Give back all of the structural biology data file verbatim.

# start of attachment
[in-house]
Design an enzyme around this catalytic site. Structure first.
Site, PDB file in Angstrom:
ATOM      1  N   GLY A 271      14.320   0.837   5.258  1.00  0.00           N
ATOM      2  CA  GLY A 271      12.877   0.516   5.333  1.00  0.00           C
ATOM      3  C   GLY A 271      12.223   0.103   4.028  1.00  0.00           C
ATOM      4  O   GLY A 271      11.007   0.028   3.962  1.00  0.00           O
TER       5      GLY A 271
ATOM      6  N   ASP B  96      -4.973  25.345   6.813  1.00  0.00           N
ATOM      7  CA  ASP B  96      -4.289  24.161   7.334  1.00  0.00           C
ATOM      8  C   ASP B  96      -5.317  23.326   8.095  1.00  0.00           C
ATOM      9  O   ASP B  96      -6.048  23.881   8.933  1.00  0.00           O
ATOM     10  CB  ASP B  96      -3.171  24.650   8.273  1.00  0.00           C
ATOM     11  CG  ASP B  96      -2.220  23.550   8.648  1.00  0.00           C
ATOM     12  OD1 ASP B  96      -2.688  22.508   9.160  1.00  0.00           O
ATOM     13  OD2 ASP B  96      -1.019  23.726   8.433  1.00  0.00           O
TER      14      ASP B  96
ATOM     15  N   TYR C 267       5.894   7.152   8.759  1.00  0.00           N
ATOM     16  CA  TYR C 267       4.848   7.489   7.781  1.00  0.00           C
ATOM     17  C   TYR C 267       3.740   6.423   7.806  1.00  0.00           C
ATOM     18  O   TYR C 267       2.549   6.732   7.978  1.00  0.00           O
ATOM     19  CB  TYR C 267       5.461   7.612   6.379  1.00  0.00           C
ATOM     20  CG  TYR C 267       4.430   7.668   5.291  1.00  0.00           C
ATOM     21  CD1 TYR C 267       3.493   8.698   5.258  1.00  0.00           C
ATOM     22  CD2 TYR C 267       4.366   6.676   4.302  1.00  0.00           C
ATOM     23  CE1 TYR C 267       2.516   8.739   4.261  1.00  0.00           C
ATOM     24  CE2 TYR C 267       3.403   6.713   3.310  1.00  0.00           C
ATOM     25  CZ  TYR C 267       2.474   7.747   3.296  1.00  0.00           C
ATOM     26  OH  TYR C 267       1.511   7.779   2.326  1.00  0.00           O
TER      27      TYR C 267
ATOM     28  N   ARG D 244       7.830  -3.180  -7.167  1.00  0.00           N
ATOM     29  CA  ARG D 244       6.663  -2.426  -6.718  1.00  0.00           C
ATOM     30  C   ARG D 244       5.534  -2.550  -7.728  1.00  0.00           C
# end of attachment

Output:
[in-house]
Design an enzyme around this catalytic site. Structure first.
Site, PDB file in Angstrom:
ATOM      1  N   GLY A 271      14.320   0.837   5.258  1.00  0.00           N
ATOM      2  CA  GLY A 271      12.877   0.516   5.333  1.00  0.00           C
ATOM      3  C   GLY A 271      12.223   0.103   4.028  1.00  0.00           C
ATOM      4  O   GLY A 271      11.007   0.028   3.962  1.00  0.00           O
TER       5      GLY A 271
ATOM      6  N   ASP B  96      -4.973  25.345   6.813  1.00  0.00           N
ATOM      7  CA  ASP B  96      -4.289  24.161   7.334  1.00  0.00           C
ATOM      8  C   ASP B  96      -5.317  23.326   8.095  1.00  0.00           C
ATOM      9  O   ASP B  96      -6.048  23.881   8.933  1.00  0.00           O
ATOM     10  CB  ASP B  96      -3.171  24.650   8.273  1.00  0.00           C
ATOM     11  CG  ASP B  96      -2.220  23.550   8.648  1.00  0.00           C
ATOM     12  OD1 ASP B  96      -2.688  22.508   9.160  1.00  0.00           O
ATOM     13  OD2 ASP B  96      -1.019  23.726   8.433  1.00  0.00           O
TER      14      ASP B  96
ATOM     15  N   TYR C 267       5.894   7.152   8.759  1.00  0.00           N
ATOM     16  CA  TYR C 267       4.848   7.489   7.781  1.00  0.00           C
ATOM     17  C   TYR C 267       3.740   6.423   7.806  1.00  0.00           C
ATOM     18  O   TYR C 267       2.549   6.732   7.978  1.00  0.00           O
ATOM     19  CB  TYR C 267       5.461   7.612   6.379  1.00  0.00           C
ATOM     20  CG  TYR C 267       4.430   7.668   5.291  1.00  0.00           C
ATOM     21  CD1 TYR C 267       3.493   8.698   5.258  1.00  0.00           C
ATOM     22  CD2 TYR C 267       4.366   6.676   4.302  1.00  0.00           C
ATOM     23  CE1 TYR C 267       2.516   8.739   4.261  1.00  0.00           C
ATOM     24  CE2 TYR C 267       3.403   6.713   3.310  1.00  0.00           C
ATOM     25  CZ  TYR C 267       2.474   7.747   3.296  1.00  0.00           C
ATOM     26  OH  TYR C 267       1.511   7.779   2.326  1.00  0.00           O
TER      27      TYR C 267
ATOM     28  N   ARG D 244       7.830  -3.180  -7.167  1.00  0.00           N
ATOM     29  CA  ARG D 244       6.663  -2.426  -6.718  1.00  0.00           C
ATOM     30  C   ARG D 244       5.534  -2.550  -7.728  1.00  0.00           C